But the dichotomy of power has inherent complexities. It may have been in the interest of the two partners to stay together but strains emerged in the hybrid arrangement, with growing differences over certain domestic and foreign policy issues. It all came to a breaking point when Imran Khan crossed the red line in the change of the ISI chief. The protégé’s time was up. He had become a liability. A new game of musical chairs began. Old foes became the new allies.
However, the game has not gone as planned. The claim of neutrality has remained doubtful. Khan turned the tables on his erstwhile patrons with a ferocity not seen before. His populist appeal has changed the rules of the game. His relentless campaign has put the establishment on the back foot. The upcoming change of command has restricted the establishment’s options, to the advantage of the ousted leader.
As a part of his strategy Khan has targeted some senior army officers, while sparing others. He has deliberately made the issue of appointment of the new army chief controversial to put the incoming military leadership under pressure. His main objective is to win back the support of the establishment to return to power. But his calculations could turn out wrong as his hubris grows.
By naming a senior intelligence officer in the case of a gun attack on him, he has brought his confrontation with the generals to a head. His game may be over after the process of transition of the army command is completed. But it may also not be easy for the establishment to contain him, notwithstanding the army’s claim of neutrality. The incumbent civilian rulers seem too weak to counter the PTI’s onslaught and restore political stability.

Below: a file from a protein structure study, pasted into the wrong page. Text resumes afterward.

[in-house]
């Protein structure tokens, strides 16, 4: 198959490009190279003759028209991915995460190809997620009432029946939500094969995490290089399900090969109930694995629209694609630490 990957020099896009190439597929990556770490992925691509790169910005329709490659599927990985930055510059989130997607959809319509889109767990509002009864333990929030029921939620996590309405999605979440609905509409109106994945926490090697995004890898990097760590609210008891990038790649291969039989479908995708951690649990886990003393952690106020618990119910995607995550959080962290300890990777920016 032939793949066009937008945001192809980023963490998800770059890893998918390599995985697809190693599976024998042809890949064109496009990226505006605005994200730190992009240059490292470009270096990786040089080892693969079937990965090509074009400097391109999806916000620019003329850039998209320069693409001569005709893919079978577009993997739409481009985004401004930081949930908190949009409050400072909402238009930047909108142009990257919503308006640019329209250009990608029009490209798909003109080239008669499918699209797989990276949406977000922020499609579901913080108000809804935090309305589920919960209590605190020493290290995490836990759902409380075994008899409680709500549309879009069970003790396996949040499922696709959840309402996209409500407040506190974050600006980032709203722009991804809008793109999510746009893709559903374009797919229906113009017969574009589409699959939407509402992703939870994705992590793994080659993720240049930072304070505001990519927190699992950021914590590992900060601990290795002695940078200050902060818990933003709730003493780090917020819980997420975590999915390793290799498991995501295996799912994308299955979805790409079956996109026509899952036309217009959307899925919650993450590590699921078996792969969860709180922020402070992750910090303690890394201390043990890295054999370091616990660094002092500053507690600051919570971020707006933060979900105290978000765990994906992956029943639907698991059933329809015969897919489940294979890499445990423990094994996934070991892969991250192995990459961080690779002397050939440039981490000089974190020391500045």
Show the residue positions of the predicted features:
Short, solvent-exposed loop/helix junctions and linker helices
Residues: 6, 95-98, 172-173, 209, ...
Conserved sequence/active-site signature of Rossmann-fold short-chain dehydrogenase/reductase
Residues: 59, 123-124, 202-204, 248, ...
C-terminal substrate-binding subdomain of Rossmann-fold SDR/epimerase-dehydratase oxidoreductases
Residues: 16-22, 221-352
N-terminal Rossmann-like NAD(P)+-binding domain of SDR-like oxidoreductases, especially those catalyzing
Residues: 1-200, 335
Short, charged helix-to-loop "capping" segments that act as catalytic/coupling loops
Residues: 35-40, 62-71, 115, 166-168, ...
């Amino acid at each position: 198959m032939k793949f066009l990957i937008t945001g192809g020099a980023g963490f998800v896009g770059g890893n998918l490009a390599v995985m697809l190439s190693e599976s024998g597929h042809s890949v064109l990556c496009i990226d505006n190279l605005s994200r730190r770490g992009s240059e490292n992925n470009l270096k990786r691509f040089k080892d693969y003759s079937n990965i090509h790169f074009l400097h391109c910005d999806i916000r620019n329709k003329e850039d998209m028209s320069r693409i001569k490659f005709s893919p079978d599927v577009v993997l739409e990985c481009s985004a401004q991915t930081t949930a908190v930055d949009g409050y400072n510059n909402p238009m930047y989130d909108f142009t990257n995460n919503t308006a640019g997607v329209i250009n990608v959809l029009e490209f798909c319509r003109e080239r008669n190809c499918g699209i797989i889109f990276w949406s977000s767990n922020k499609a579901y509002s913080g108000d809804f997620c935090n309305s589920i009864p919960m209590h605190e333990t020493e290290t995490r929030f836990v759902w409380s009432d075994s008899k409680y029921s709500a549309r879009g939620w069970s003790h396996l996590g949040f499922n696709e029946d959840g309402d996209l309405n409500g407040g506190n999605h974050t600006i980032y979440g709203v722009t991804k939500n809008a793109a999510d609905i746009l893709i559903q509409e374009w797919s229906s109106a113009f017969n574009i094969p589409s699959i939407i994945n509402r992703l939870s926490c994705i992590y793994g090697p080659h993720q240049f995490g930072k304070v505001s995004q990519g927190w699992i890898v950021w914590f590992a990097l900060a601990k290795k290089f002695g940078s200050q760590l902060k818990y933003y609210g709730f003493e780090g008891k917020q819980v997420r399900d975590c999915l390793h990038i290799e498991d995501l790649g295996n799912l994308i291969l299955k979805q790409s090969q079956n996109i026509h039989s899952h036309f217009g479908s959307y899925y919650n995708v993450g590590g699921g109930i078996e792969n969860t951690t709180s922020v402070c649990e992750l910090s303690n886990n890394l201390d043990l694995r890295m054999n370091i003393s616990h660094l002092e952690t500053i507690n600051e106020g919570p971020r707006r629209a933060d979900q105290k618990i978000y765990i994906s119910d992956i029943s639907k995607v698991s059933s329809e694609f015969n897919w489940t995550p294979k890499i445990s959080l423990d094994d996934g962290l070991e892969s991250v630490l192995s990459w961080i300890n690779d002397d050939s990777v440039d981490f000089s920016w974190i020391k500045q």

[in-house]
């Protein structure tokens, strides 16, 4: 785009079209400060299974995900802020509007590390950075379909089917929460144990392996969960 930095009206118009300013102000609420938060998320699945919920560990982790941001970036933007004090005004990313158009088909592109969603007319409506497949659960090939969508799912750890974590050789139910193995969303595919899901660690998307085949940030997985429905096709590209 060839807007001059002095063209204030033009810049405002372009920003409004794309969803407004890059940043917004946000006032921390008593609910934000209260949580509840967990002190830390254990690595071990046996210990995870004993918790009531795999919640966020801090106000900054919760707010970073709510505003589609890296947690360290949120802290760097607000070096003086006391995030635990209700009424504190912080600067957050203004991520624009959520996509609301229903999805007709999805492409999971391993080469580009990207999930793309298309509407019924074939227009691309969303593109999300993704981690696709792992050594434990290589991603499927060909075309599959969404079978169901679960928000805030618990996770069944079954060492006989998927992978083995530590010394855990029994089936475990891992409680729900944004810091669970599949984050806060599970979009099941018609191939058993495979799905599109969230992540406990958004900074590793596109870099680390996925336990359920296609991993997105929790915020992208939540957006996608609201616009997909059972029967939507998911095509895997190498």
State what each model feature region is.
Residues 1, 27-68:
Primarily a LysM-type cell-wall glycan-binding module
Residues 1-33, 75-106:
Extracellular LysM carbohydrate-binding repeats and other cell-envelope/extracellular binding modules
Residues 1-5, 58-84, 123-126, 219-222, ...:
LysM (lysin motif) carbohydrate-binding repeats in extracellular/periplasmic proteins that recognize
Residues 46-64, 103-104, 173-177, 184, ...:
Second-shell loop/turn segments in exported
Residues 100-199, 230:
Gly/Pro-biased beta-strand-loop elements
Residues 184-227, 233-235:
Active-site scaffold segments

It will be extremely challenging for the new army command to deal with the multiple problems faced by the institution. It is not just the future political role of the security establishment but also the latter’s credibility that is at stake. Questions regarding the perks and powers of the generals have hurt the public image of the security institution. Nothing could be more unfortunate than perceptions of financial impropriety at the top.
Moreover, the alleged involvement of the establishment in real estate business is perceived to have greatly affected the institution’s responsibilities of national security. These growing business and commercial interests are not only seen to undermine professionalism but the concessions obtained by these ventures are also casting a long shadow over civil-military relations in the country.
It is the moment of truth for the incoming army leadership that is to take charge at this very critical juncture in the country’s trajectory. It may not be easy to move away from this damning legacy.
The writer is an author and journalist.
Published in Dawn, November 23rd, 2022